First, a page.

Sorry though, it seems like I went on a tangential rant that may sound a bit aggressive when you were being nice about my podcast. I don't mean to some of this stuff just gets under my skin
 
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Thank you I've listened to part 1 so far ..
May you ask what your journey had been with your mental health through all.of it ....
All bad. Although having some hope bc of mold avoidance helping and having some potentially very treatable diagnoses like cci is helpful, there's a lot that has made me weary and , missing most of my youth sucks. So yeah it sucks , I hate my life and I've lost almost everything that gave me a bit of relief from my grief and stuff like ability to listen to or make music . I'm totally miserable. And my hope dwindles even though on paper I have a pretty good theory and idea for treatment for remission bc I have no money
 
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I'm releasing a new episode soon that's an interview with someone who may or may not qualify as cfs patient but was getting sicker and sucker w various symptoms until I told him to try mold avoidance before he became as sick as me . The interesting part is that he's my friend and I knew him before this, and that mold avoidance worked a lot, for his psych symptoms as well.
 
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I agree with a lot of that. Except that I don't think PTSD or trauma from medical stuff is hard to heal from if there's no "post" and the current experience of being very ill without enough palliative care is traumatic. And I don't think even deep somatic work can heal cfs
 
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say, ours deserves more funding than some other ones like the currently incredibly treatable HIV/AIDS
Its incredibly strange to experience near profound jealousy over a statement that our current adminstration would like to throw a large chunk of millions in research at ending AIDs.

What kind of position have we been put in, that these types of feelings of injustice emerge, and you want to yell at people who wear pink ribbons and go to marathons.
 
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I don't mean to some of this stuff just gets under my skin
We (the royal we) simply live in this disposable world of Plastic Trees and few seem to see any connection between their endless comsumptions and needs for physical stuff- and the health of everybody.

If you (the royal you) (Not you, specifically!) want a non toxic world- start with ending the endless acquisitions of the latest devices, for instance.

So your one cell phone- well its responsible for an ugly mine somewhere on the planet and a hideous road with permanent erosion, leading there. And probably some locals suffering. And so much for any wildlife living near whereever that is.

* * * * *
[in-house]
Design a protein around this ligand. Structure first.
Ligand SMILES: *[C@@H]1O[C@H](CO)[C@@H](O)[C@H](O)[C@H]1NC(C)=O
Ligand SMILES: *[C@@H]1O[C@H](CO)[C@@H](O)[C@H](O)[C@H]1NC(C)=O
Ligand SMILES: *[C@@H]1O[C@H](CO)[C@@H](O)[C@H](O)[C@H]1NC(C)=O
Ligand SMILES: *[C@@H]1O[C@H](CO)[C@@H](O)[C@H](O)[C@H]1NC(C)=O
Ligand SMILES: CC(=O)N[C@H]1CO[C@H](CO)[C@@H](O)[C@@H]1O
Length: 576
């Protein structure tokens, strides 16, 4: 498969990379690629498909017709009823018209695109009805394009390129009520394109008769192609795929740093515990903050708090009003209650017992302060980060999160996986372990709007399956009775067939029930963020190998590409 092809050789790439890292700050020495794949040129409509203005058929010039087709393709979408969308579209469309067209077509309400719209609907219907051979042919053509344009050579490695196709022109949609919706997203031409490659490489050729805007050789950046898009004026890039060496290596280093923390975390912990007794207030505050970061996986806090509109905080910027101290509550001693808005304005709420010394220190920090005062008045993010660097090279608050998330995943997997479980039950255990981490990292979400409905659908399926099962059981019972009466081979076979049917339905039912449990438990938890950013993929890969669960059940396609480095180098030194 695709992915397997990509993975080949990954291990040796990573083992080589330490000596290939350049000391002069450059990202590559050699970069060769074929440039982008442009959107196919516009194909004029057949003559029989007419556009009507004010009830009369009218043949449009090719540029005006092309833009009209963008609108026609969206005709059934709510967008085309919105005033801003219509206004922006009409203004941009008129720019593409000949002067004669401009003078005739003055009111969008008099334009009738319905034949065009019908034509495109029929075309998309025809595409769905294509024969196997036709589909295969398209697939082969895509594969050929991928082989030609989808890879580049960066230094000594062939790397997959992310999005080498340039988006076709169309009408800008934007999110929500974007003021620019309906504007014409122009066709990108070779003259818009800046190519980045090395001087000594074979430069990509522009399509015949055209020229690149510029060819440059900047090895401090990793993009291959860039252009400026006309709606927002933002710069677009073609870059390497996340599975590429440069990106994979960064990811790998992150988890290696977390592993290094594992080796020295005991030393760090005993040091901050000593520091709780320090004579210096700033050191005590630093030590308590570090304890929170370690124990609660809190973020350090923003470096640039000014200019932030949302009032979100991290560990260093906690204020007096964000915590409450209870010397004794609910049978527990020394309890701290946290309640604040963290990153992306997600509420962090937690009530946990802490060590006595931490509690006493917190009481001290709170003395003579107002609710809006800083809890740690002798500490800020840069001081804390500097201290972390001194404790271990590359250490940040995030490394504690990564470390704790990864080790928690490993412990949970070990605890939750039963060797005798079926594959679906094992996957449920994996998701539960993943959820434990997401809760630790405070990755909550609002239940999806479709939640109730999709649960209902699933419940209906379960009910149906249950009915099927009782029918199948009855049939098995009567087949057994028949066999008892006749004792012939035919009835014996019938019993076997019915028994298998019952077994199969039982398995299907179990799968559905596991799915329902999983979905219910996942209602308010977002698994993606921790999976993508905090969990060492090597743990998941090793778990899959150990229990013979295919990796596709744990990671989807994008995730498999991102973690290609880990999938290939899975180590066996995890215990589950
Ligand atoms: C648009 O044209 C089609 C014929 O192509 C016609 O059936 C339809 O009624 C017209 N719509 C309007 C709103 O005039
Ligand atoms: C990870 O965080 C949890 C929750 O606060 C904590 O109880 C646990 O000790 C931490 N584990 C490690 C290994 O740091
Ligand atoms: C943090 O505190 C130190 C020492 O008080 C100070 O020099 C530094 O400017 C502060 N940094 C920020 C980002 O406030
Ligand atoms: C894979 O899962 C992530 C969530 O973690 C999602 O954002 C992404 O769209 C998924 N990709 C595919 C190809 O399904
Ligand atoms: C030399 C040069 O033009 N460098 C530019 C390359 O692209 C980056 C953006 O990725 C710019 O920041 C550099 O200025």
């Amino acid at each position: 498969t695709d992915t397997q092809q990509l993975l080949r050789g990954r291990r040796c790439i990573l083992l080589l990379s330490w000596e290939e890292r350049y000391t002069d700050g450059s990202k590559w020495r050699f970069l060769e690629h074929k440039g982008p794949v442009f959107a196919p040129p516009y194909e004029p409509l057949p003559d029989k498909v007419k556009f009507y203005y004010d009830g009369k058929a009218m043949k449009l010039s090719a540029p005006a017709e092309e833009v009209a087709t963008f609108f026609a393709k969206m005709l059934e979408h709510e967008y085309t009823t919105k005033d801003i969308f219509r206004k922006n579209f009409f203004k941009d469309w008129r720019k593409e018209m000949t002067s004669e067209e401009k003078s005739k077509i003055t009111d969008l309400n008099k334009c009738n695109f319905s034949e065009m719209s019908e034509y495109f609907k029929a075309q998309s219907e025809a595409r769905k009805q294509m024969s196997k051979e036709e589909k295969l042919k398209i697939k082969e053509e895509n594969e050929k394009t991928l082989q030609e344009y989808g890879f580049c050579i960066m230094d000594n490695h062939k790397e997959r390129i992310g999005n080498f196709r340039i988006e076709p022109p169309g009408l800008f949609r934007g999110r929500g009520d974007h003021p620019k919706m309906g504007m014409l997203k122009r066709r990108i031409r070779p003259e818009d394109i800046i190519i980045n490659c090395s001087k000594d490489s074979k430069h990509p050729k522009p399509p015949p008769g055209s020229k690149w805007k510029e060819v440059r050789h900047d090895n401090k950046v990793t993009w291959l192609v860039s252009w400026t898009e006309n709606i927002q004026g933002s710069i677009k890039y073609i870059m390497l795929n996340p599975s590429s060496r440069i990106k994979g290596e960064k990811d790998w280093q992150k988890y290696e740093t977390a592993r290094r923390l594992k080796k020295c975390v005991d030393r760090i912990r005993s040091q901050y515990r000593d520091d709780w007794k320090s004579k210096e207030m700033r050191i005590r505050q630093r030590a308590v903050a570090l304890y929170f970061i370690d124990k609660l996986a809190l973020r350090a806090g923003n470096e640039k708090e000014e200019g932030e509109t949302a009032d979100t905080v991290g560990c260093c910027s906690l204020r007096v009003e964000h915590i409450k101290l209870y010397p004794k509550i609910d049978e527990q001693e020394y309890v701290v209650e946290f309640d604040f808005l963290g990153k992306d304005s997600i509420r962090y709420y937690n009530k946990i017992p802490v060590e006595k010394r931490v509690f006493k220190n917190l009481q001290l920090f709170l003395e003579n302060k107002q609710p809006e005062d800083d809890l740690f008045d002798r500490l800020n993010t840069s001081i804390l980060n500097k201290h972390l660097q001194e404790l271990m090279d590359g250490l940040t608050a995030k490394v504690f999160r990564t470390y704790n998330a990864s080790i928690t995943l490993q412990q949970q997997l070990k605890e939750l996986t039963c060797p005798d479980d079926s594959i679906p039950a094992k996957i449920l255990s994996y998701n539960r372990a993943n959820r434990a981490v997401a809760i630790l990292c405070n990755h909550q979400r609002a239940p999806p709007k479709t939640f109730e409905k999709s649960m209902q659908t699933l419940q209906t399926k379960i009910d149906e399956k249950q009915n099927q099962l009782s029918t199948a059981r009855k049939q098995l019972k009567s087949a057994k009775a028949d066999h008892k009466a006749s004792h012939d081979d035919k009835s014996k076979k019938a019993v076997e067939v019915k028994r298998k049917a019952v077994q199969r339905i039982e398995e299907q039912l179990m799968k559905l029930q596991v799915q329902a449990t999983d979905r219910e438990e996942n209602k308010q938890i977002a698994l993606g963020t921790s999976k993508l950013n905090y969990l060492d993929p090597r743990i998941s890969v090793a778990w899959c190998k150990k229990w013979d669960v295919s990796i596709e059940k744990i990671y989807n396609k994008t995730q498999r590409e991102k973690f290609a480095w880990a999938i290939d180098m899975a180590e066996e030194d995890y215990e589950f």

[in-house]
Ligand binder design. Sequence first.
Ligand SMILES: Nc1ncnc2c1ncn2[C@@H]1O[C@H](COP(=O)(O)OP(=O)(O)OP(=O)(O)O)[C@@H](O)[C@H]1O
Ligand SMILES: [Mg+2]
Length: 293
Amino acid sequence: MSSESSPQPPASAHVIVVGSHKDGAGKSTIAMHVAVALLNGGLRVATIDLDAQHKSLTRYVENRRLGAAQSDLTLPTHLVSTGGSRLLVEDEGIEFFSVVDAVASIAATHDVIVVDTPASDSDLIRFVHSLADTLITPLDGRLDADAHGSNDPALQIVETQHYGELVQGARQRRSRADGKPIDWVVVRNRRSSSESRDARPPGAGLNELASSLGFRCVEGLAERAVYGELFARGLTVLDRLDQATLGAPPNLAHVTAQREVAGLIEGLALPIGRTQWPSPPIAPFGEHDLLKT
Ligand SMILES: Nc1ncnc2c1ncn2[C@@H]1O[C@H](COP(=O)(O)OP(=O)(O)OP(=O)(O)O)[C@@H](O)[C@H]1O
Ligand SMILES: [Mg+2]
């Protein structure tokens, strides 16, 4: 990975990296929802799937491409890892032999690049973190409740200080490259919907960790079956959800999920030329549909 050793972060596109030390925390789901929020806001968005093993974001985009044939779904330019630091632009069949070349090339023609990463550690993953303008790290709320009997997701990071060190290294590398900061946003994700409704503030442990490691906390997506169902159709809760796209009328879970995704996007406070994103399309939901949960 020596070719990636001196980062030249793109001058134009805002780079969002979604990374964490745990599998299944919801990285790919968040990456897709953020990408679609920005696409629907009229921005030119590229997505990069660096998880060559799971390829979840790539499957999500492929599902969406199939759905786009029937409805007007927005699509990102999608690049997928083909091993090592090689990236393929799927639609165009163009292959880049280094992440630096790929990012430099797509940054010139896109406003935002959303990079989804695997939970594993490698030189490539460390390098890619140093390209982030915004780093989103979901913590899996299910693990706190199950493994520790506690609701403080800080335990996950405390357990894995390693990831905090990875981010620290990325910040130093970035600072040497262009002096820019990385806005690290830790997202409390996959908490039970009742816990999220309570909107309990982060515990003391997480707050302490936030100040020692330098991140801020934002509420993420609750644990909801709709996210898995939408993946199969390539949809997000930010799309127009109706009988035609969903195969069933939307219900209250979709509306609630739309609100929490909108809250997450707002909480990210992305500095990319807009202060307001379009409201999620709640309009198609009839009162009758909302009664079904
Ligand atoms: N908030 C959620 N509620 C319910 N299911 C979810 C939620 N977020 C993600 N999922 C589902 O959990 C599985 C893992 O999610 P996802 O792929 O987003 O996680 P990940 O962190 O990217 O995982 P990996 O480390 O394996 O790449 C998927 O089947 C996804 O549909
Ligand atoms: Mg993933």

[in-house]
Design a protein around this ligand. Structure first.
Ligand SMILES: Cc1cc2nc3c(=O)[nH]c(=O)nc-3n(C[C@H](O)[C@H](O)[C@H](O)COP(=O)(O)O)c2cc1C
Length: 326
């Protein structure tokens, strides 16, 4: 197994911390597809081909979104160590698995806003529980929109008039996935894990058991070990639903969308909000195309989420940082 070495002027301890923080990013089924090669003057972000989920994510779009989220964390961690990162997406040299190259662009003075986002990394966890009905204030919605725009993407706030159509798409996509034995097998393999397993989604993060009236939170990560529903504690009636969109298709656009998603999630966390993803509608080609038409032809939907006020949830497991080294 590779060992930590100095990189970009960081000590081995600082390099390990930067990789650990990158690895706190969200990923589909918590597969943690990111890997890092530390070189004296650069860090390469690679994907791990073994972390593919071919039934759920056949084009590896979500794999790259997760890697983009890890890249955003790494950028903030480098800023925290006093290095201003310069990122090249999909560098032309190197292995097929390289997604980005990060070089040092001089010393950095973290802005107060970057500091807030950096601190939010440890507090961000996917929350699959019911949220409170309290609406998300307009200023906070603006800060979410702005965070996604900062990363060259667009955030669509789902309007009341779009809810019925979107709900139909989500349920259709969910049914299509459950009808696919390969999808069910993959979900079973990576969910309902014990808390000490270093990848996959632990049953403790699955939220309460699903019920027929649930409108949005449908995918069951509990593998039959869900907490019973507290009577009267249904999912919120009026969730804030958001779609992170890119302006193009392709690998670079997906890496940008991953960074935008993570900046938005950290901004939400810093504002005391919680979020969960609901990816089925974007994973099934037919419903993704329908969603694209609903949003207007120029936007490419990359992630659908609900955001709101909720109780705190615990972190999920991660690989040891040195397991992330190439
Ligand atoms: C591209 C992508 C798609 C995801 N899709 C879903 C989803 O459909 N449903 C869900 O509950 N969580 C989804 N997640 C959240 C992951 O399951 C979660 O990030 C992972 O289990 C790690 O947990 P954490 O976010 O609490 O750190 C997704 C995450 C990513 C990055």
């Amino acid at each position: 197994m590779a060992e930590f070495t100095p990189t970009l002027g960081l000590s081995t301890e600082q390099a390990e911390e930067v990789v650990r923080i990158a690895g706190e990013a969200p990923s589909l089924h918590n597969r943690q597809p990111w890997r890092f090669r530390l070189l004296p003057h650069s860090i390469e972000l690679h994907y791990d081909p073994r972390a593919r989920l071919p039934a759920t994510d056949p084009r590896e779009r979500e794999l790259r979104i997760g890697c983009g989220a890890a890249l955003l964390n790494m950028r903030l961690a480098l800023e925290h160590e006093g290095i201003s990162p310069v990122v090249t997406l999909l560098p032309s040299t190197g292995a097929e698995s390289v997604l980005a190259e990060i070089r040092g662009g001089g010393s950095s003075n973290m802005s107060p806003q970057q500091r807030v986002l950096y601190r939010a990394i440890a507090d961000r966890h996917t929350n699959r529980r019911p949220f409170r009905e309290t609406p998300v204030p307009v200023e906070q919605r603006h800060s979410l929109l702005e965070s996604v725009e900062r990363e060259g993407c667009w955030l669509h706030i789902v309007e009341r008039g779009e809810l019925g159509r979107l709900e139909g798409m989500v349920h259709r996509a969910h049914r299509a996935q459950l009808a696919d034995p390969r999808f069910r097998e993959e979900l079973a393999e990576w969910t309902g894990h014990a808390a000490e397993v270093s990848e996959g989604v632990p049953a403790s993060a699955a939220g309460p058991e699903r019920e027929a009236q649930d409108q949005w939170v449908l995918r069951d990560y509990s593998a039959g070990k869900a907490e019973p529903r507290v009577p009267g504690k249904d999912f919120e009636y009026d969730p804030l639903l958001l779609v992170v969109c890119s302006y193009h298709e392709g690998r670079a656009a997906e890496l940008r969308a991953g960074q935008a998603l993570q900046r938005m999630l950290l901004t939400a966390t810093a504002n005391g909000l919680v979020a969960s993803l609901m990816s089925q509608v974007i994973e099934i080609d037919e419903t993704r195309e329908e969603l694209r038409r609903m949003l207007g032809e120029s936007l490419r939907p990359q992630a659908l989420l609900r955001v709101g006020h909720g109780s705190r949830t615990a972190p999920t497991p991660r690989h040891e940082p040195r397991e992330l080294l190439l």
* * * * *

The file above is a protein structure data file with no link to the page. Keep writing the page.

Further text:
And we are never finished, never done. There is always the next scheme.

The notion of sacrificing current desires for a longer term greater good- seems to be the true challenge our societies face.

We stroll along the beaches, and see a sparking shell, we pick it up. Declaring it valuable. we drill a small hole, wear it around our necks, with string made from some wild grasses.

Centuries later- what have we done?

And now, polyester pale blue masks- blow down the street. PPE, a new strata.
 
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Was that to something I posted and deleted? I was writing a comment and then accidentally sent it when I wasn't finished and it wasn't organized. Or was that to what I said to emmarose?
I agree with a lot of that. Except that I don't think PTSD or trauma from medical stuff is hard to heal from if there's no "post" and the current experience of being very ill without enough palliative care is traumatic. And I don't think even deep somatic work can heal cfs
 

Emmarose47

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I really liked hearing about it being more than fatigue it is an intolerance to exertion ...I wish people understood this more .
Also an abnormal immune response

I wish the name.cfs would change to reflect these 2 components
 
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I really liked hearing about it being more than fatigue it is an intolerance to exertion
our vocabulary is often limited. We utter simple phrases- Tired. So Tired. whatever, they vary, I'm in Zombie land alot.

So to witness all the weird neurologies and odd symptom worsening i experienced, when I got MUCH worse in a short amount of time (about 2 months)...was really perplexing and frankly eye opening.

I didn't really think I actually WAS this big of a physiological mess.

So I am alot better lately from another chapter of mostly massive resting and alot of not doing these last few months.

But if I start doing? do be do be do.